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No climate policy is perfect: here’s how to choose the best one

The Australian government has pledged to the global community to reduce our greenhouse gas emissions by 26-28% below 2005 levels by 2030. The Paris Agreement suggests that this and other countries’ pledges will need to be strengthened if average global temperature increases are to be kept below 2°C.

In 2016, likely an election year, attention must and will turn to how these pledges will be kept.

Recent projections from the Australian government indicate that we are on track to meet the 2020 target - a reduction of 5% below 2000 levels. The current government’s climate change policies are contributing to this outcome.

But they will need to be re-engineered to meet the 2030 target. The Labor Party is consulting on a 2030 target of 45% reductions and will need to develop a policy that reflects its commitment to emissions trading and an aspiration of 50% renewable electricity.

Bipartisan support is essential for whatever mechanisms are adopted. Companies will not make long-term investments to reduce their emissions unless they are confident that policies are stable. To date, they have been anything but.

Choosing a good climate policy

The challenge for policymakers across the political spectrum is to construct a credible emissions reduction policy framework that satisfies multiple, sometimes conflicting, criteria.

A policy that may be ideal from a theoretical economic perspective may be too complex to secure political or community support. The criteria are:

  • credibility: ability to meet current and future targets

  • political viability: capacity to evolve from current policy settings and achieve bipartisan support

  • flexibility: ability to adjust for changes in targets, political and technological developments

  • adaptability: potential to move towards an economy-wide market-based scheme

  • public acceptability: ability to be understood and accepted by the community

  • low cost.

In a Grattan Institute working paper published this week we assess six policy alternatives that could do the job. These are cap and trade emissions trading, carbon taxation, intensity baseline emissions trading, emissions purchasing, regulation, and tradeable green certificates. None of the plausible policies fulfils all of the criteria.

The who’s who of climate policy

A cap and trade scheme meets many of the criteria. In a cap and trade scheme, the government releases a “capped” number of permits which carbon emitters must purchase. Demand for the permits drives the price of carbon. It is relatively easy to link a cap with an emissions reduction target and then expand in the future. Economists generally favour this approach to deliver lowest cost reductions.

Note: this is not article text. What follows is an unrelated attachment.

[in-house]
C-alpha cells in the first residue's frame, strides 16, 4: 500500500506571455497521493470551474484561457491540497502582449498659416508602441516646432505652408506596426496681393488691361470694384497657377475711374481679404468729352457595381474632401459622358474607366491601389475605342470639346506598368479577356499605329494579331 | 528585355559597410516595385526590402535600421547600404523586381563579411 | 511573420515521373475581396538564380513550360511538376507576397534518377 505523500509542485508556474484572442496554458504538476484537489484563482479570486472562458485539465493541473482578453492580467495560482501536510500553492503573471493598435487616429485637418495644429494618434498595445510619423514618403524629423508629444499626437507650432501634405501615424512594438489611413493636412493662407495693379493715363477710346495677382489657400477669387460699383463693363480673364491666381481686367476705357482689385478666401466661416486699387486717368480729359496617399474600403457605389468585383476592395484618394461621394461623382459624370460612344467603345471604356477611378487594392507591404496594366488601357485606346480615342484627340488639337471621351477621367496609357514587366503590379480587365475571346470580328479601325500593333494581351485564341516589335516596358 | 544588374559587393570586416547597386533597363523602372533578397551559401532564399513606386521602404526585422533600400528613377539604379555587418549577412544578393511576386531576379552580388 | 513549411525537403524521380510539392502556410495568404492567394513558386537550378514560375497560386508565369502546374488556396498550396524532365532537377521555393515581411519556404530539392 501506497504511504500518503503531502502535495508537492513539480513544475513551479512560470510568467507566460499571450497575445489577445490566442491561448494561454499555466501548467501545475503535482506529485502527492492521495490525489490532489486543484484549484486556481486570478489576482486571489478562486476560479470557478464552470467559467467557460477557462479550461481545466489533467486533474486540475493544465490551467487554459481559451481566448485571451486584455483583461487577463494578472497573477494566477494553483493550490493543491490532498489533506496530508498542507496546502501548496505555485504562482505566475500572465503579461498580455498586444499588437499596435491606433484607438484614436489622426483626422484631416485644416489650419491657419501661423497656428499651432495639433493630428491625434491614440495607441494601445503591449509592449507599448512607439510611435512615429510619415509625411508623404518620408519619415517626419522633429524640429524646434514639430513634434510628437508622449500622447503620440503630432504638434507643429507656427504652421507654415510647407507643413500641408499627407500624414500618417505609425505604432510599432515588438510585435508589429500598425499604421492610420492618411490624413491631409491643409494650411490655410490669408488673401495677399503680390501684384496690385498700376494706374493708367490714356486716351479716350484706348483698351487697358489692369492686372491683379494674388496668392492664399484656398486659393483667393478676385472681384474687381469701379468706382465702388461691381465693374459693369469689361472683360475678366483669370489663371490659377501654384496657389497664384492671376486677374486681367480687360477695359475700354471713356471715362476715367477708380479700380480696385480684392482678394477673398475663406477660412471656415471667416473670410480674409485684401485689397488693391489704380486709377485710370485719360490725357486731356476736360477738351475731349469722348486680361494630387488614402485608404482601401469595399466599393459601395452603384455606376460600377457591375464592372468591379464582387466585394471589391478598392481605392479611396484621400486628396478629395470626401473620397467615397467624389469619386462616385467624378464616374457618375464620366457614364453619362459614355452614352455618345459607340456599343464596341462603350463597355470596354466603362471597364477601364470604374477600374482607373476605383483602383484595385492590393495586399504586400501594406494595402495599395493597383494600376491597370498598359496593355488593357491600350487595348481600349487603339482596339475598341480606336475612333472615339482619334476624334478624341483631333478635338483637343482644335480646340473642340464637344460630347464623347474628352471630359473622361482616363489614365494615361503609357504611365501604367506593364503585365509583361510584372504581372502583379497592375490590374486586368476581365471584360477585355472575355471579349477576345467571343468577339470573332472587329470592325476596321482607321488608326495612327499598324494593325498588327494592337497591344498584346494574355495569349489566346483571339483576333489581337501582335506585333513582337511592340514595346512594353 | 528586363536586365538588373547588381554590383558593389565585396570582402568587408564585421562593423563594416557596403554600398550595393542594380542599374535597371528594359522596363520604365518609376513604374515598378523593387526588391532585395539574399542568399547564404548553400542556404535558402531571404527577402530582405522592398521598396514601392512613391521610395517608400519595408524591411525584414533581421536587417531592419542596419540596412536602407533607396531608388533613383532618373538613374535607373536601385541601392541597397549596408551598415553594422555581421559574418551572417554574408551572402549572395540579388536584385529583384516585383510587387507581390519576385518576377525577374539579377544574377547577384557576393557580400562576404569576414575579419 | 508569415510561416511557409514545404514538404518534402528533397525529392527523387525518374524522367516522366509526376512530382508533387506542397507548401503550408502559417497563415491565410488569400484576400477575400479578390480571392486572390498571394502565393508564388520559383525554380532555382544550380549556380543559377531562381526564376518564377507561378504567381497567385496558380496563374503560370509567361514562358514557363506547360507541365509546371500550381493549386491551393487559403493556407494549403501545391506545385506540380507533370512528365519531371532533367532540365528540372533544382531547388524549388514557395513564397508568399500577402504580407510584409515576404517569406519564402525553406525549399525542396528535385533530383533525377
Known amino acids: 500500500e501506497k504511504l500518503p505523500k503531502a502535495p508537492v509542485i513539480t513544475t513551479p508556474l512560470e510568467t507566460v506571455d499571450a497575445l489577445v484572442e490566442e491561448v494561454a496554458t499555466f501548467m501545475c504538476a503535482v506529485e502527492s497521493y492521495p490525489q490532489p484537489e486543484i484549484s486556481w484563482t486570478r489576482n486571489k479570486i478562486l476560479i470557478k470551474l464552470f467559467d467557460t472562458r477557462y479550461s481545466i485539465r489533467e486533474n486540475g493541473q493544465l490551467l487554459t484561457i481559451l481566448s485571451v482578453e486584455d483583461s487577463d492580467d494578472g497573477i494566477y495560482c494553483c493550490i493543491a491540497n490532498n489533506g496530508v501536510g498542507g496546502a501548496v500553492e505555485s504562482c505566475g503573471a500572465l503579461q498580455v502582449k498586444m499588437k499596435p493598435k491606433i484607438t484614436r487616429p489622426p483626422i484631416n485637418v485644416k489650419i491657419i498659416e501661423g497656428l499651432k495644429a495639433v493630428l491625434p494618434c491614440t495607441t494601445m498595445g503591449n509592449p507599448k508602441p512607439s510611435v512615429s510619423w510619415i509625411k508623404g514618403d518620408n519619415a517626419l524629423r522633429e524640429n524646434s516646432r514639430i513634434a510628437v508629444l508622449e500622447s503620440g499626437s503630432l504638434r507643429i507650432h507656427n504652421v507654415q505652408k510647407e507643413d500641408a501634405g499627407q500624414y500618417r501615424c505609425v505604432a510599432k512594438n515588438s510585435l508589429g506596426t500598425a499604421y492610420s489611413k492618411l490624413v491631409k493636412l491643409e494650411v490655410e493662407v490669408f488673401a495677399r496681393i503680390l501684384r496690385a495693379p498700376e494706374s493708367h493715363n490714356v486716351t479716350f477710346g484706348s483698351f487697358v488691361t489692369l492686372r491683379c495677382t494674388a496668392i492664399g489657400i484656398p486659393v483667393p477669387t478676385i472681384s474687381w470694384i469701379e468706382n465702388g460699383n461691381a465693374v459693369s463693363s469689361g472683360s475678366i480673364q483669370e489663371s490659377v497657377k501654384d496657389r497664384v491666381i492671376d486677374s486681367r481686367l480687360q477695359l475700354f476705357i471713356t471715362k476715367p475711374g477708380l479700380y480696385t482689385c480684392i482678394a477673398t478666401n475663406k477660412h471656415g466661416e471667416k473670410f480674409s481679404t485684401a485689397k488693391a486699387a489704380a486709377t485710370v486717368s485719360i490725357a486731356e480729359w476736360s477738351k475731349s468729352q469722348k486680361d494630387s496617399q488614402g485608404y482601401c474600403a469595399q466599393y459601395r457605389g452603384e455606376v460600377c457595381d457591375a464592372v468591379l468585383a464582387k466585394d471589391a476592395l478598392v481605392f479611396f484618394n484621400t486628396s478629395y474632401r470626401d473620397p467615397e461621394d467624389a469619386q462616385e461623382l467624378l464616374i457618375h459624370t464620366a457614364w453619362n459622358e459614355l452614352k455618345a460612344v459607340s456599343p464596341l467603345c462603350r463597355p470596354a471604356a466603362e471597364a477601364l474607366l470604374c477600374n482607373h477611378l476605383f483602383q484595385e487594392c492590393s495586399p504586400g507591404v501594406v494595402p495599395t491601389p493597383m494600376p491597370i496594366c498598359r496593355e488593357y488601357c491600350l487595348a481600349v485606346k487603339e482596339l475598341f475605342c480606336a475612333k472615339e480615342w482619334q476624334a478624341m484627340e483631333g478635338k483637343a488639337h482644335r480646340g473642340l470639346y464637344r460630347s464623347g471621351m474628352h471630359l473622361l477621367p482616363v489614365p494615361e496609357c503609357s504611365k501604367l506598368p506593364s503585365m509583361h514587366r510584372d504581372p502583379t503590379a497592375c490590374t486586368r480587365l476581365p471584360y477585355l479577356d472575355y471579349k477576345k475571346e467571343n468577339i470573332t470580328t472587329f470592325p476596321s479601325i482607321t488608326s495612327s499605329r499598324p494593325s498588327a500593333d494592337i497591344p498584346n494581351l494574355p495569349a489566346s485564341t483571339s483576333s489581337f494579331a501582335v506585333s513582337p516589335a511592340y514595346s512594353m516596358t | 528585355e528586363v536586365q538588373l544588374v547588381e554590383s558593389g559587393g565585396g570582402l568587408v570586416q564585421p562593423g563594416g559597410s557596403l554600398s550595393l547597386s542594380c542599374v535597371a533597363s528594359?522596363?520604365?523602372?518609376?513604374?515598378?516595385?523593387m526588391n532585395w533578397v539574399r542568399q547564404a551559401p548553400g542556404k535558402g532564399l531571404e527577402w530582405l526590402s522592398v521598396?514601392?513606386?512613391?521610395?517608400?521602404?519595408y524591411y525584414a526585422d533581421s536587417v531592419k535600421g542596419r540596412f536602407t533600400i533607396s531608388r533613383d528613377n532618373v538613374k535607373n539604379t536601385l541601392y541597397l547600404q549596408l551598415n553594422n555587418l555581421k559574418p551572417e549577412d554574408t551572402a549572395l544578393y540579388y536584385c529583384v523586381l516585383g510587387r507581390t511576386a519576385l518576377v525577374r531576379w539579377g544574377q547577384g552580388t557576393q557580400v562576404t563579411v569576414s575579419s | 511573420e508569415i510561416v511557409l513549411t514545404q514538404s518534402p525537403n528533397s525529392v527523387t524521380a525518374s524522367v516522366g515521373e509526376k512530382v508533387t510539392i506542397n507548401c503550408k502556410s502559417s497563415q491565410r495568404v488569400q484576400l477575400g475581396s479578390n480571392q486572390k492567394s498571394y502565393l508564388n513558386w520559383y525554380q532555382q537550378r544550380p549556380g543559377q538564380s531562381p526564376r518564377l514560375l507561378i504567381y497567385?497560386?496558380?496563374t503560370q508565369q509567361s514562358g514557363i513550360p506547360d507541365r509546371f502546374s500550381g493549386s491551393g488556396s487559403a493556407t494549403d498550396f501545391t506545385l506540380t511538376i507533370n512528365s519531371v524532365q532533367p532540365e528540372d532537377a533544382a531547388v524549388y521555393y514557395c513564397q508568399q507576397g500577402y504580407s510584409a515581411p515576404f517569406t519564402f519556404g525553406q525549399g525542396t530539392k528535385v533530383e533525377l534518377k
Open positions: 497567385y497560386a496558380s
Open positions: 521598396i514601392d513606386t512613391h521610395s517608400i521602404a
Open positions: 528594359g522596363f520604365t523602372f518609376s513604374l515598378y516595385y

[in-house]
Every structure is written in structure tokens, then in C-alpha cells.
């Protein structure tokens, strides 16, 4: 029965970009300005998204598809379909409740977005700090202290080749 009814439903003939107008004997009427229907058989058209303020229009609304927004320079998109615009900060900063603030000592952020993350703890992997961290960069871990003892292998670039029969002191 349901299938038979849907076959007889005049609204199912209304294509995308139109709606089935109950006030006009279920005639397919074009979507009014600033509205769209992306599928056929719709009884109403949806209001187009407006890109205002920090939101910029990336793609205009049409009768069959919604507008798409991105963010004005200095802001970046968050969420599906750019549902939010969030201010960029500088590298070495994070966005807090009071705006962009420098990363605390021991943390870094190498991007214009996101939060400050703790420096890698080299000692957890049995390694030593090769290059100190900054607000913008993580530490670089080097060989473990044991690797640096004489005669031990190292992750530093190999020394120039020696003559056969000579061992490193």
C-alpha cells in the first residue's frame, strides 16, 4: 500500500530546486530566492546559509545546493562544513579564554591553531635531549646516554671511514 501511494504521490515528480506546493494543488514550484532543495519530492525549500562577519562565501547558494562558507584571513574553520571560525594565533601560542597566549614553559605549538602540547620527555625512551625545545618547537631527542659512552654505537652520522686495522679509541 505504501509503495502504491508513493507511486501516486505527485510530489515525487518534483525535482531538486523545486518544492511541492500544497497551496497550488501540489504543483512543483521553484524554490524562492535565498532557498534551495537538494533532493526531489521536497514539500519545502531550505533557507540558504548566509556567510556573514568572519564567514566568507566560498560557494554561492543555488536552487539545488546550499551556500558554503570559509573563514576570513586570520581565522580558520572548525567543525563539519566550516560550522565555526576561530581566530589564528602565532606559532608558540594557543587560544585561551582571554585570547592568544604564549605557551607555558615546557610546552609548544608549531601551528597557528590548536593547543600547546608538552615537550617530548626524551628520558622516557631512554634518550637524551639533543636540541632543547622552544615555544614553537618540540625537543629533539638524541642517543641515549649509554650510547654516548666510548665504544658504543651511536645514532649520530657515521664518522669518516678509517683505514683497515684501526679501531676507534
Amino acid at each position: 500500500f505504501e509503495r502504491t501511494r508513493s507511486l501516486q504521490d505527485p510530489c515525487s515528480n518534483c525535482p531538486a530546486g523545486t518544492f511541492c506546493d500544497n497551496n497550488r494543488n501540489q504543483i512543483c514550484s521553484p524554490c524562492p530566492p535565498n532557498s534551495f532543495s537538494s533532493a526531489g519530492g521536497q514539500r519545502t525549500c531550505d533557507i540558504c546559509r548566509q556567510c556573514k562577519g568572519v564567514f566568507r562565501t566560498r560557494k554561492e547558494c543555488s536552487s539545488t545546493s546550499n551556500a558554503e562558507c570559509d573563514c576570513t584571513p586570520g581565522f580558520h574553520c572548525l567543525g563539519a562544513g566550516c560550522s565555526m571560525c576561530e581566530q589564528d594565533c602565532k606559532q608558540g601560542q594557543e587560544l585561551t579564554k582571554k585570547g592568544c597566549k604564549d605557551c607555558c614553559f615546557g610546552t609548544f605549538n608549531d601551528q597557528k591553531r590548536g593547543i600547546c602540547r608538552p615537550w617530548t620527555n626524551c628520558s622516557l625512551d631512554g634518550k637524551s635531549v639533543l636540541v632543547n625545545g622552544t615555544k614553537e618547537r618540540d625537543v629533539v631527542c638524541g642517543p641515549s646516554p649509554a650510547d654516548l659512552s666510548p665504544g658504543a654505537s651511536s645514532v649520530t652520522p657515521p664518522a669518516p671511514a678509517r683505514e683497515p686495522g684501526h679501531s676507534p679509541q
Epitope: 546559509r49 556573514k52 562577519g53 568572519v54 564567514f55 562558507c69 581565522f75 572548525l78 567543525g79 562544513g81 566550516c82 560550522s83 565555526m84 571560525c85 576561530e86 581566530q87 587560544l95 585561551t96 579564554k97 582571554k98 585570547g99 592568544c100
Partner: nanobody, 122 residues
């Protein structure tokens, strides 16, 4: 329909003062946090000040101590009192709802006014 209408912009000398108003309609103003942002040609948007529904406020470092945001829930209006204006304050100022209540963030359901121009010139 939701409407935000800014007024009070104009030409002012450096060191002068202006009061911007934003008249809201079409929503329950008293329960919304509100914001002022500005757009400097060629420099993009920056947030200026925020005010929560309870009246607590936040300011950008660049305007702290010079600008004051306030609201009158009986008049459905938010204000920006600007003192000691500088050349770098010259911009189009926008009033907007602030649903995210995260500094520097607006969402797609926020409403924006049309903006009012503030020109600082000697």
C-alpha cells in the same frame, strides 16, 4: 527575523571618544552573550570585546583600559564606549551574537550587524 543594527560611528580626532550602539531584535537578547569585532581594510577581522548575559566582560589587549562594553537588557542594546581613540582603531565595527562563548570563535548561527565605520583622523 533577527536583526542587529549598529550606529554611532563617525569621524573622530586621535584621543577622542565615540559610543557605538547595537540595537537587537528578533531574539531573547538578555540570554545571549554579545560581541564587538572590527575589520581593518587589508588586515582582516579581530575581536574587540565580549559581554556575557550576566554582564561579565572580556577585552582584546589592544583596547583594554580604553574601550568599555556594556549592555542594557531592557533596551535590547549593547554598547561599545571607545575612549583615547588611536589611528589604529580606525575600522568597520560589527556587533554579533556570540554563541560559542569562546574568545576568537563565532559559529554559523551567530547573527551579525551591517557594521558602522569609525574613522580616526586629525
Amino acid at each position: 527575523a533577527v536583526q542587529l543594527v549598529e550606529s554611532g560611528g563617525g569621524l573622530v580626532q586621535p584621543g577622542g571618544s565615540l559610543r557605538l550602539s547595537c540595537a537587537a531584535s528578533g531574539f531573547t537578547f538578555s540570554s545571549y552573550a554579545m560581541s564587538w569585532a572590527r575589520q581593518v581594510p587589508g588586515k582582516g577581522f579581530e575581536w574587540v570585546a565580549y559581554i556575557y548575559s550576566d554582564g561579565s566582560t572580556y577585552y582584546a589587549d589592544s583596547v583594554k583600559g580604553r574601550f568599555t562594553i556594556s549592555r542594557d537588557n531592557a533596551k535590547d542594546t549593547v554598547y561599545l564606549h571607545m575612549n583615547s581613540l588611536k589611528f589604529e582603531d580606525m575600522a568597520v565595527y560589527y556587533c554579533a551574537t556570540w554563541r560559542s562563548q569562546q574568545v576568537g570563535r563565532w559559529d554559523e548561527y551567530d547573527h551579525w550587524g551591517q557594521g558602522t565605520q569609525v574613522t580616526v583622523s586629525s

However, it is complex to design and this creates challenges in terms of political support and public acceptance, as happened in the US in 2009 and in Australia with Kevin Rudd’s Carbon Pollution Reduction Scheme in 2008-9.

A carbon tax has the advantage of simplicity with a clear, explicit price on emissions, and is likely to drive low cost emissions reduction.

However, it can be difficult to set the tax level to meet a particular emissions target, and to establish a way of reviewing the price. And carbon taxes, like cap and trade schemes, impose costs on businesses that are passed on to consumers through higher prices.

The likely fatal flaw with a carbon tax is simply its name. This was illustrated starkly in 2013 when the Labor government’s fixed price on carbon provided a winning strategy for opposition leader Tony Abbott. He successfully labelled it as a carbon tax thereby severely damaging Prime Minister Julia Gillard’s credibility.

Intensity baseline and credit schemes, like cap and trade and carbon taxes, have the advantage of delivering low cost emissions reduction through a market mechanism but with less impact on prices. Intensity baseline and credit schemes set a limit (the “baseline”) on the carbon emissions per unit of output, such as tonnes per megawatt hour of electricity. Carbon emitters must pay for carbon produced above the baseline.

This type of policy was successfully applied in New South Wales from 2003 to 2012. It could be effective in the electricity sector, but is harder to extend into sectors with more uniform emissions intensity.

The Federal Government has successfully applied an emissions purchasing scheme, the Emissions Reduction Fund, to deliver cut emissions by 100 million tonnes at a cost of around A$13 per tonne. Funding from the government’s budget avoids direct price effects, but more stringent targets would require much bigger budget allocations, and this would likely become problematic.

Governments can directly regulate emissions reductions, an approach that the US has taken. Regulation can be effective in specific sectors such as applying emissions standards to vehicles, but becomes onerous if used as an economy-wide policy. The cost of reducing emissions through regulation is also likely to be higher than under market mechanisms.

Finally, tradeable green certificate schemes have been applied to the electricity sector in the UK and many US states. In Australia, the Renewable Energy Target has delivered emissions reductions in, the absence of a carbon price, at a moderate cost of around A$40 per tonne. However it doesn’t work as a broader policy.

The challenge to policy makers is significant and will be highly politicised. The task is to find solutions to the limitations of an individual policy, or to combine policies that collectively satisfy the criteria.

Our report in 2016 will contribute to this search. For example, it may be possible to build an emissions trading scheme on the core of the current government’s policies to meet the central principles of both the government and the Labor Party. There is much at stake.

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